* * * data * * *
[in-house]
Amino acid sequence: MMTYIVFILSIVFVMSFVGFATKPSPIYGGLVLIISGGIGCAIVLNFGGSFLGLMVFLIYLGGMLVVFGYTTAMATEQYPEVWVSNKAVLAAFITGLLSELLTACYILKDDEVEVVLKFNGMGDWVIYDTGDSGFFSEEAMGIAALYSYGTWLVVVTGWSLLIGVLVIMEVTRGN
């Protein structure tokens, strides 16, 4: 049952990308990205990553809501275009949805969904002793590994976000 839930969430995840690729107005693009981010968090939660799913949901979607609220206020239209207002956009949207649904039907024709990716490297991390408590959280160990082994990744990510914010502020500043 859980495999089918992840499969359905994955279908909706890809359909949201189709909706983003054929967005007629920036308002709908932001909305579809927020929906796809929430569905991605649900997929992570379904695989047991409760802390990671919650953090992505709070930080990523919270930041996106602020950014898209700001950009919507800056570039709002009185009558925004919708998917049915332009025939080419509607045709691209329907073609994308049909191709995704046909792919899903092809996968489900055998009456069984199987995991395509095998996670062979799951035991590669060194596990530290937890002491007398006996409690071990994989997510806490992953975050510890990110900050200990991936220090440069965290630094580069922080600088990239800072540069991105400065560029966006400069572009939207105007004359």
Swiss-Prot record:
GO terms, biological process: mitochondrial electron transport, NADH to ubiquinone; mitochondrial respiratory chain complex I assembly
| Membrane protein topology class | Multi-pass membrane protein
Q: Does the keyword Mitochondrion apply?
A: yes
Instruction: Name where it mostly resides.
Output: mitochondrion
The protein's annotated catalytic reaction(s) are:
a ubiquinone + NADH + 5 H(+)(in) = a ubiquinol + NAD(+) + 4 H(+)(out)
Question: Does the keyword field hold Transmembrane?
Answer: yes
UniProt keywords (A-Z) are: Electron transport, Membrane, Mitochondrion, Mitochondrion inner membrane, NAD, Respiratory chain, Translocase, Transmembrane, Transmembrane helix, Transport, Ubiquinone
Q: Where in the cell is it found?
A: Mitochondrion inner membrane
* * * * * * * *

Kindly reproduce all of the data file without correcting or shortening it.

[in-house]
Amino acid sequence: MMTYIVFILSIVFVMSFVGFATKPSPIYGGLVLIISGGIGCAIVLNFGGSFLGLMVFLIYLGGMLVVFGYTTAMATEQYPEVWVSNKAVLAAFITGLLSELLTACYILKDDEVEVVLKFNGMGDWVIYDTGDSGFFSEEAMGIAALYSYGTWLVVVTGWSLLIGVLVIMEVTRGN
């Protein structure tokens, strides 16, 4: 049952990308990205990553809501275009949805969904002793590994976000 839930969430995840690729107005693009981010968090939660799913949901979607609220206020239209207002956009949207649904039907024709990716490297991390408590959280160990082994990744990510914010502020500043 859980495999089918992840499969359905994955279908909706890809359909949201189709909706983003054929967005007629920036308002709908932001909305579809927020929906796809929430569905991605649900997929992570379904695989047991409760802390990671919650953090992505709070930080990523919270930041996106602020950014898209700001950009919507800056570039709002009185009558925004919708998917049915332009025939080419509607045709691209329907073609994308049909191709995704046909792919899903092809996968489900055998009456069984199987995991395509095998996670062979799951035991590669060194596990530290937890002491007398006996409690071990994989997510806490992953975050510890990110900050200990991936220090440069965290630094580069922080600088990239800072540069991105400065560029966006400069572009939207105007004359």
Swiss-Prot record:
GO terms, biological process: mitochondrial electron transport, NADH to ubiquinone; mitochondrial respiratory chain complex I assembly
| Membrane protein topology class | Multi-pass membrane protein
Q: Does the keyword Mitochondrion apply?
A: yes
Instruction: Name where it mostly resides.
Output: mitochondrion
The protein's annotated catalytic reaction(s) are:
a ubiquinone + NADH + 5 H(+)(in) = a ubiquinol + NAD(+) + 4 H(+)(out)
Question: Does the keyword field hold Transmembrane?
Answer: yes
UniProt keywords (A-Z) are: Electron transport, Membrane, Mitochondrion, Mitochondrion inner membrane, NAD, Respiratory chain, Translocase, Transmembrane, Transmembrane helix, Transport, Ubiquinone
Q: Where in the cell is it found?
A: Mitochondrion inner membrane